I didn't get around to installing, just yet (I was turned off by some of the documented Known Issues).
I know certain components are now proper PowerShell Modules, instead of PSSnapins.
Depending on the location of the module directory, that may be dictating why only an elevated prompt can access those cmdlets.
In PowerCLI 5.8 R1, Get-PowerCLIVersion was part of the vmware.vimautomation.core PSSnapin.
What does running: Get-Command -Name Get-PowerCLIVersion yield, as far as module name?
You could then do: Get-Module -Name $ModuleName and see where the module is located. (Where $ModuleName is the name of the module found in the previous step.)
I had the exact same issue, and found the solution.
Basically the PowerCLI installer puts the PowerCLI modules directory in the PSModulesPath variable of the user that runs the installer rather than the machine wide variable.
If you add 'C:\Program Files (x86)\VMware\Infrastructure\vSphere PowerCLI\Modules' to the machine wide PSModulesPath environment variable, PowerCLI should launch without error.
During the installation of PowerCLI v6, the registry is updated to reflect the new modules folder.
In HKCU\Environment\PSModulePath the PowerCLI modules folder is added.
You can see this when you display $env:PSModulePath.
Could it be that you installed PowerCLI v6 with another account as the one you are trying to use it with ?
Is the registry key updated during the installation ?
Yes, I ran the installer as a different user (I don't run as a local admin).
And yes, the installer added the directory to the PSModulesPath of the installing user, but it seems like it should put it in the HKLM version of the variable.
My opinion is that there should be an option, like For this user or For all users during the installation
I installed this as my account, over the top of an existing install (installer asks to remove/upgrade)
After a reboot I can seem to run this as non admin user, this only extra thing I did when testing was to manually run the XML serializes for 6/5/4 version of powercli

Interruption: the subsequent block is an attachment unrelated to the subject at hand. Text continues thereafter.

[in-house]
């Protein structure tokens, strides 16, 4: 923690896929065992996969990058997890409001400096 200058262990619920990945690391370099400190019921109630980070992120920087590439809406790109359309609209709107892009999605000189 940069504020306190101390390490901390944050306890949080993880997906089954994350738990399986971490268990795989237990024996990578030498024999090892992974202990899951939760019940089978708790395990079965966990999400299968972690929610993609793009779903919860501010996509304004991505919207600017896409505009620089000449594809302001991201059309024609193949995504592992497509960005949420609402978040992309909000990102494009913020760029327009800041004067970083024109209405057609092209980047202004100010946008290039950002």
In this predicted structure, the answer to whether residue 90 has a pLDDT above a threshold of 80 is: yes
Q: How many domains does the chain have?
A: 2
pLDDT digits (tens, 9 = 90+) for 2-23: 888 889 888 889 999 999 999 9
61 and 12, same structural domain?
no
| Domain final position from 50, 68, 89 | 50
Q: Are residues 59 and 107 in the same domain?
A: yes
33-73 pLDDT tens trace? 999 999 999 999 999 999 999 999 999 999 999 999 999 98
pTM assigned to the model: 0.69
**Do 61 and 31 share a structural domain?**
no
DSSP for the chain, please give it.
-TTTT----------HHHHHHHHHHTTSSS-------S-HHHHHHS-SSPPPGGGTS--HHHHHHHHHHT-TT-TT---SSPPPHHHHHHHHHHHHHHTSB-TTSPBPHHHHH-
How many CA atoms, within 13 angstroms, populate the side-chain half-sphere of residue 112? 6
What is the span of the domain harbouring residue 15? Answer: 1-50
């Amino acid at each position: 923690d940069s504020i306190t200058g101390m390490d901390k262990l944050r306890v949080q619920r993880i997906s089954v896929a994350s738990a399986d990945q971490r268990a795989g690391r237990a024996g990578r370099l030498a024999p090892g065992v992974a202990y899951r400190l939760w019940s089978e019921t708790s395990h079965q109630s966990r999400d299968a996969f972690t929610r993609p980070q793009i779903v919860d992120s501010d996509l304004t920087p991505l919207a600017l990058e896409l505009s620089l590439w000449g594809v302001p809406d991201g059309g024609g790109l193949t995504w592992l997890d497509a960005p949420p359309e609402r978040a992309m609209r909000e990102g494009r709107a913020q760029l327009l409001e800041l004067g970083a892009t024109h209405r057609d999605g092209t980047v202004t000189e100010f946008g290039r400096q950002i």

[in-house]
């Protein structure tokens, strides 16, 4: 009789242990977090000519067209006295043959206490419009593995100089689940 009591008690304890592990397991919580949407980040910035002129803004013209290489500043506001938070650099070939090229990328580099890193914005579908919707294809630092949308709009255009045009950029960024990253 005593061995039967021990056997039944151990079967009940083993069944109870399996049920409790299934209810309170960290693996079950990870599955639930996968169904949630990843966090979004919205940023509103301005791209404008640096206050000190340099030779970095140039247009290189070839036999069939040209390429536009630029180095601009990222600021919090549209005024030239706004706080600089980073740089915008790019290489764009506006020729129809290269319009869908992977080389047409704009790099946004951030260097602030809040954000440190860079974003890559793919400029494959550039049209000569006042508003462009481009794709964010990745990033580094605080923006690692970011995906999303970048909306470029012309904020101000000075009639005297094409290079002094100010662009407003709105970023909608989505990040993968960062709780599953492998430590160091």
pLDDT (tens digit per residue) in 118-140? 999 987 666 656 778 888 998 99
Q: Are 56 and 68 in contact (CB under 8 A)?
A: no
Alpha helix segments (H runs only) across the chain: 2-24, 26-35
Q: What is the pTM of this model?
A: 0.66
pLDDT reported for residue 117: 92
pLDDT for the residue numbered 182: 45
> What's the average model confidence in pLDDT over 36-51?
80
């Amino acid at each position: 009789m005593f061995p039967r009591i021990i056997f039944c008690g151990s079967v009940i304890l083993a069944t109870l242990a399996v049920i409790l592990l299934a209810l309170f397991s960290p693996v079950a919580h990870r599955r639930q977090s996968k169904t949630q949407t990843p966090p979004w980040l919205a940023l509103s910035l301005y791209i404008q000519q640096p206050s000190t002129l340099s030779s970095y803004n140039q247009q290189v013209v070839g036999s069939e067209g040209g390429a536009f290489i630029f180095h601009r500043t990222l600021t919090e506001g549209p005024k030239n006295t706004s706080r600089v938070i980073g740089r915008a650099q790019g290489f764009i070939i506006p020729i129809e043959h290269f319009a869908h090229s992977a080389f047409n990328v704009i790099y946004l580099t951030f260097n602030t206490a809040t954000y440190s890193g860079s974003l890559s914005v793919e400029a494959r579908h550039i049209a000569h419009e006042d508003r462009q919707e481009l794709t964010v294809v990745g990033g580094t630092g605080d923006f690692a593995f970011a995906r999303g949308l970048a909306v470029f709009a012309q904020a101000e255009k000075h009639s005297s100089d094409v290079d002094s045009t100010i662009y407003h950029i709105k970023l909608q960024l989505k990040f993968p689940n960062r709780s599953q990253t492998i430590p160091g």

Cheeers for your time
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if you want to modify PS module path for all users, you can run powershell as administrator and run something like this:
$CurrentValue = [Environment]::GetEnvironmentVariable("PSModulePath", "Machine")
[Environment]::SetEnvironmentVariable("PSModulePath", $CurrentValue + ";C:\Program Files (x86)\VMware\Infrastructure\vSphere PowerCLI\Modules", "Machine")
Had this same issue and your power shell solution fixed the issue - many thanks.
Works like a charm. Thanks
I'm having the same problem after installing 6.0.0 R2 (released last week). The installer appears to be updating the PSModulePath machine environment variable, but PowerShell still wasn't picking up the change (even with launching a new process). I had to log off and log back in to get it working.
The script fixed my issue too..
Fixed the problem...
FYI - a different user will most likely beused - As most people aint running in the context of admin anymore.
So if I ran powercli as admin, no problem (elevated rights), but as my user (the one I installed it with), I get the error.
@VMware This must be consideret a bug - Just installed PowerCli 6.0 R3 clean install, and the problem is there.
Are you sure about that, the issue was there in PowerCLI 6R1, but afaik it was fixed in PowerCLI 6R3.
Or is the problem perhaps, that you ran the install with an account that can't update the machine environment variable ?